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Room

68 rooms - we call them Cosy, Original, Creative and Meandering. Each one is unique.

$235 / Night

Our best available rate
Prices fluctuate week to week.
Three Bedder apartment at Hotel Hotel in Canberra. Short term and long term rental.

Apartment

We also manage apartments in the Nishi building. While our rooms are a cacophony of textures, the apartments are a blank space. The walls are white, the shelves have space for you to bring your own bits and bobs and make you feel at home.

$185 / Night

Our best available rate
Prices fluctuate week to week.
One Bed lofts at Hotel Hotel in Canberra. Short term and long term rental.

Loft

And we manage split-level lofts just across the road and down the lane from us in the NewActon precinct.

$205 / Night

Our best available rate
Prices fluctuate week to week.

Any questions?
Please call Telephone +61 2 6287 6287

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Projects

Not Wow

Shortlist+ Remove
(1 of 1) 'Metallic Tower' Kirsten Perry shot by Lee Grant.

Not Wow

Hotel Hotel Projects, Exhibition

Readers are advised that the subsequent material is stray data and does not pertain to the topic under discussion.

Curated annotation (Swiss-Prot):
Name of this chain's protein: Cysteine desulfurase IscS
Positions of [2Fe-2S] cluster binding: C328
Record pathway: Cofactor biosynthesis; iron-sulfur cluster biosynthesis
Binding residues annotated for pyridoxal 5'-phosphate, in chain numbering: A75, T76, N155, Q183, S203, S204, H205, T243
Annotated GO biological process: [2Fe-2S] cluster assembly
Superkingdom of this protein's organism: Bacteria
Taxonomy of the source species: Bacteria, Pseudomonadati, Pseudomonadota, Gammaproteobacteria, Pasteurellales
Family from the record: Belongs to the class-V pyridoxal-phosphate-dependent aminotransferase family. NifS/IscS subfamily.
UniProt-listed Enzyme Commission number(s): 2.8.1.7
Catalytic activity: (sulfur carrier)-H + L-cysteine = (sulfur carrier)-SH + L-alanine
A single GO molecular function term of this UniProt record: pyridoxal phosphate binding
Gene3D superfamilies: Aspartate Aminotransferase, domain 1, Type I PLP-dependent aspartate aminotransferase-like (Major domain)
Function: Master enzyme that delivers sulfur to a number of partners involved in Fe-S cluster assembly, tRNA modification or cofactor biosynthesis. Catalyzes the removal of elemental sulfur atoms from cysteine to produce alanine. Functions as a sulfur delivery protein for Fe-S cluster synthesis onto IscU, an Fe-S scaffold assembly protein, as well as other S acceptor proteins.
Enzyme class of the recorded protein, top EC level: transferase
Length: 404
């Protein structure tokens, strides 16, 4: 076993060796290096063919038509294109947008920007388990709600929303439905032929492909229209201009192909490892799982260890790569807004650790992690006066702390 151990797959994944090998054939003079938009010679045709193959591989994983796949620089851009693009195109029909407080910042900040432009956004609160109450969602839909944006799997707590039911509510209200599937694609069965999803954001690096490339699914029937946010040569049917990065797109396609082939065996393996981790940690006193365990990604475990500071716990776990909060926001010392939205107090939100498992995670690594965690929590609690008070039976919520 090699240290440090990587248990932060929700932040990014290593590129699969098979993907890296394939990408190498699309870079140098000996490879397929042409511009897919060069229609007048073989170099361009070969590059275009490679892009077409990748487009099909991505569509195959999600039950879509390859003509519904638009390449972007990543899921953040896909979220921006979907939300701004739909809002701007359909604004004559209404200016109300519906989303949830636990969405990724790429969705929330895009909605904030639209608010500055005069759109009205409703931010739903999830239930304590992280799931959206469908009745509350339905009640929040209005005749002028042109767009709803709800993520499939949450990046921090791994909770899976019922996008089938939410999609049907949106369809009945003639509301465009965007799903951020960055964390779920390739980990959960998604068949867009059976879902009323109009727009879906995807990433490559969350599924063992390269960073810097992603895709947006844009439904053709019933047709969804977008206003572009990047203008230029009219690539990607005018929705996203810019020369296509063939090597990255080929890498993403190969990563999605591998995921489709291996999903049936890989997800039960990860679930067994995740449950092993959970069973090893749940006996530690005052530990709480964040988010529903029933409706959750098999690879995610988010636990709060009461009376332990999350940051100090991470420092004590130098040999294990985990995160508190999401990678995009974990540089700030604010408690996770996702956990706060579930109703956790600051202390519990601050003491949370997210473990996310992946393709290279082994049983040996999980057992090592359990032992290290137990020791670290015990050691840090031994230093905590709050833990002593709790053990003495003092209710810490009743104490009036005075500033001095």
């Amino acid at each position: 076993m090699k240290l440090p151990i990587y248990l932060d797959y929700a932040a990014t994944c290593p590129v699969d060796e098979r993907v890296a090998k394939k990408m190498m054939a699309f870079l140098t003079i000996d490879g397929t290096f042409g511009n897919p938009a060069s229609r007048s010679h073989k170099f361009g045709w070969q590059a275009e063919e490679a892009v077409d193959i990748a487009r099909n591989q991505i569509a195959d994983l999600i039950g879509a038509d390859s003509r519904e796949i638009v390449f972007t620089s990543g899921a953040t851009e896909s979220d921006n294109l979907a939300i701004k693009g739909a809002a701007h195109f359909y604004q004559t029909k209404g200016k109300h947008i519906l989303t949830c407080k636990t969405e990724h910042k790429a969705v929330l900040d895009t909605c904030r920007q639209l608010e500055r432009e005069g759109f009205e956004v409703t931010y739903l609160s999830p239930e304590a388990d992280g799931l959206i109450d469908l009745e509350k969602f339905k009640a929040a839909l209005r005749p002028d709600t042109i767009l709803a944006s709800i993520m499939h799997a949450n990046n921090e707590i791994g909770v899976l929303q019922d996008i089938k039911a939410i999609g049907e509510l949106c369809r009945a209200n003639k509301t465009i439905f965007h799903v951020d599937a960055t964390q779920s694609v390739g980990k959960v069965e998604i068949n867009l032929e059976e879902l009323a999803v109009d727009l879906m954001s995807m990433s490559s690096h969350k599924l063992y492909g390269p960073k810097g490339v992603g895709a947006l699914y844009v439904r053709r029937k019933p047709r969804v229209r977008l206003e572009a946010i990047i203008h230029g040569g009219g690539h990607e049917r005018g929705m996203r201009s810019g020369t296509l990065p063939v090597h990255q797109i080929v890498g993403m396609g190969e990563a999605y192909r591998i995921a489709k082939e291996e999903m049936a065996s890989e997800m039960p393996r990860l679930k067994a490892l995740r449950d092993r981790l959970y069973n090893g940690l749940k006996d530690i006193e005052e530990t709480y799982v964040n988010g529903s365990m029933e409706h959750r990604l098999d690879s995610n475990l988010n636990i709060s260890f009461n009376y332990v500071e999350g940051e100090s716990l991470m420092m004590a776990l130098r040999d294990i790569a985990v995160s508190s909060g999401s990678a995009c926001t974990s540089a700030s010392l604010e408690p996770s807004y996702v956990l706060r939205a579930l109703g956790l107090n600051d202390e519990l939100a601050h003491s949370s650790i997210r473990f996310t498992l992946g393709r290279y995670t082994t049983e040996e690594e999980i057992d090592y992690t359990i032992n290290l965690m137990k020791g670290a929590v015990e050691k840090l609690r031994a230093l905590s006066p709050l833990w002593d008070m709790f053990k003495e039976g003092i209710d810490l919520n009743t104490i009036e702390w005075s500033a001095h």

Paper can be folded. Clay can be squished. Wood can be sawn. Metal can be bent. It’s pretty obvious and unremarkable but pretty amazing at the same time. On visiting sacred spaces in Australia and Japan, it was the material of the object that really made an impression on Kirsten Perry.

For ‘Not Wow’, an exhibition curated by Mr Kitly for our Cabinets on the ground floor, Perry used these materials to create a series of totems of moments that hold personal significance – a joke, a tea break chat, a good memory. The objects alluded to folk craftsmanship and subconscious spiritual rituals.

 

(1 of 5) 'Zig Zag Thing' by Kirsten Perry.

(2 of 5) 'I’m (watching) admiring you' by Kirsten Perry.

(3 of 5) 'Golden Moment' by Kirsten Perry

(4 of 5) 'Mixed Emotions' by Kirsten Perry.

(5 of 5) 'Doge' by Kirsten Perry.

Cabinets

We are interested in people. Being interested in people means we are also interested in the objects people make and use. Throughout the ground floor of Hotel Hotel we have several glass cabinets that we use as small exhibition spaces. They are curated by invited curators, artists and designers. The cabinets are a study of human and natural life – artefacts that document our existence and tell a story about who ‘we’ are and what is important to us.

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